Name: Mary Jo White
Occupation: United States attorney for the Southern District of New York since June 1, 1993
Family: Husband John White and a teenage son
Education: B.A. and M.A., College of William and Mary; J.D., Columbia University School of Law
Most famous cases: Brought racketeering charges against John Gotti; prosecuted terrorists responsible for bombing the World Trade Center
He gave her reputation a spectacular boost. And now she could push what's left of his to the brink of oblivion.
In 1993, President Clinton appointed Mary Jo White the U.S. attorney for the Southern District of New York, the first woman to hold what is widely considered the nation's most prestigious post for prosecutors. Eight years later, after months of grandstanding at congressional hearings and scattered inquiries into Clinton's last-minute pardon spree, Attorney General John Ashcroft has given White the green light to investigate any of the 177 eleventh-hour pardons and commutations. The Justice Department characterized Ashcroft's decision, which could involve cases lying outside White's jurisdiction, as a "routine effort to consolidate cases."
White, in other words, may very well hold her onetime sponsor's fate in her hands. And no one who knows her doubts she will tackle this case with the same energy she gives to every one that crosses her Manhattan desk.
Invariably described as "smart" and "tough," White is regarded as a relentless prosecutor someone, in other words, criminals don't relish running into. During her eight years heading the U.S. attorney's office for Manhattan, the Bronx and six counties north of the city, White has faced off against everyone from international terrorists to Mafia hit men. Most have suffered under White's prosecutorial zest, including Marc Rich and his partner Pincus Green, who were initially prosecuted by thenU.S. attorney Rudy Giuliani but were pursued vigorously during White's tenure as well.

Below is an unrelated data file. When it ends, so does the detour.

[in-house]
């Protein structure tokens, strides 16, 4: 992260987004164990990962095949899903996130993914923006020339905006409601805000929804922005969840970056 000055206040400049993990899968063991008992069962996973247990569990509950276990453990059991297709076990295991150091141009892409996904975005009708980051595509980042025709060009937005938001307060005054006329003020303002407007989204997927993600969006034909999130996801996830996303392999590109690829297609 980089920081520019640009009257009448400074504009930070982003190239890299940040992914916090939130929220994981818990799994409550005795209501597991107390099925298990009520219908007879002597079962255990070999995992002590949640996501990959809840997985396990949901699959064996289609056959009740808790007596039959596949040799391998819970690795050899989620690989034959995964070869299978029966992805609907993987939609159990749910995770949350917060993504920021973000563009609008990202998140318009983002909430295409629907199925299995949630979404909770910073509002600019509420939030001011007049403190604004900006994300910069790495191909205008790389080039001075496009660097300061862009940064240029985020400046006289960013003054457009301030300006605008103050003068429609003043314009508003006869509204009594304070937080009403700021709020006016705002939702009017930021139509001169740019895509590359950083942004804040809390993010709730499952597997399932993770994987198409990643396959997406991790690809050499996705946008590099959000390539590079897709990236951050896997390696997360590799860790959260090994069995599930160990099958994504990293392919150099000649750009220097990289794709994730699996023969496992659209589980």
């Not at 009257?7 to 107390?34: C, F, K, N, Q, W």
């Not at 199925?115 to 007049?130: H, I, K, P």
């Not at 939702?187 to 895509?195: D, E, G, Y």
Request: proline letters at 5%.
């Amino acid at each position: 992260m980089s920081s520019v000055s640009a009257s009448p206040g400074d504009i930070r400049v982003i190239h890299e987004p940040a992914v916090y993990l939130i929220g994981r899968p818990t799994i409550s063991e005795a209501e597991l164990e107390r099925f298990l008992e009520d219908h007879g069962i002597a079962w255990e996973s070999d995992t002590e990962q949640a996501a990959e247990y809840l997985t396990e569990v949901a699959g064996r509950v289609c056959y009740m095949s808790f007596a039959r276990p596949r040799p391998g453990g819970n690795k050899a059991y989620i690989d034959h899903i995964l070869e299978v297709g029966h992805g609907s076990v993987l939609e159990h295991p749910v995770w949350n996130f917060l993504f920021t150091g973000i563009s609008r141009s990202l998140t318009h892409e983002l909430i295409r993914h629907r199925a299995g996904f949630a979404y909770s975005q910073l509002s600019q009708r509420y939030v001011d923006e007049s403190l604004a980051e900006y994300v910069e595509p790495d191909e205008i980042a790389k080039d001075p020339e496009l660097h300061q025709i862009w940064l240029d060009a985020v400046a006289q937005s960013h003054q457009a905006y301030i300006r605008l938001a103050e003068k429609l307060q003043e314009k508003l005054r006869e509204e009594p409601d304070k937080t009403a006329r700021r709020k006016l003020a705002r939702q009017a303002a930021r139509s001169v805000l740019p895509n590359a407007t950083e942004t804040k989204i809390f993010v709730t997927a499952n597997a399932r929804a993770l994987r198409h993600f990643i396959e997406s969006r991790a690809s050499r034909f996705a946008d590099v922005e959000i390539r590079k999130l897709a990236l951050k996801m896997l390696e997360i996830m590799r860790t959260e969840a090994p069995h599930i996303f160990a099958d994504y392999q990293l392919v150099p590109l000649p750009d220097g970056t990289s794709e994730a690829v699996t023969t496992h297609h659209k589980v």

Born in Kansas City, Mo., White grew up in McLean, Va., just outside Washington. She attended the College of William and Mary and graduated at the top of her class from Columbia Law School. After clerking for a federal judge, White became an assistant U. S. attorney. She and her husband, Washington attorney John White, have a teenage son.
Colleagues say White was "furious" when she learned that Clinton had pardoned Rich; despite her office's obvious interest in Rich's case, White says the President never consulted her. And while no one knows what might have happened had the President made a pre-pardon phone call to White's office, his lapse in professional etiquette could eventually prove costly.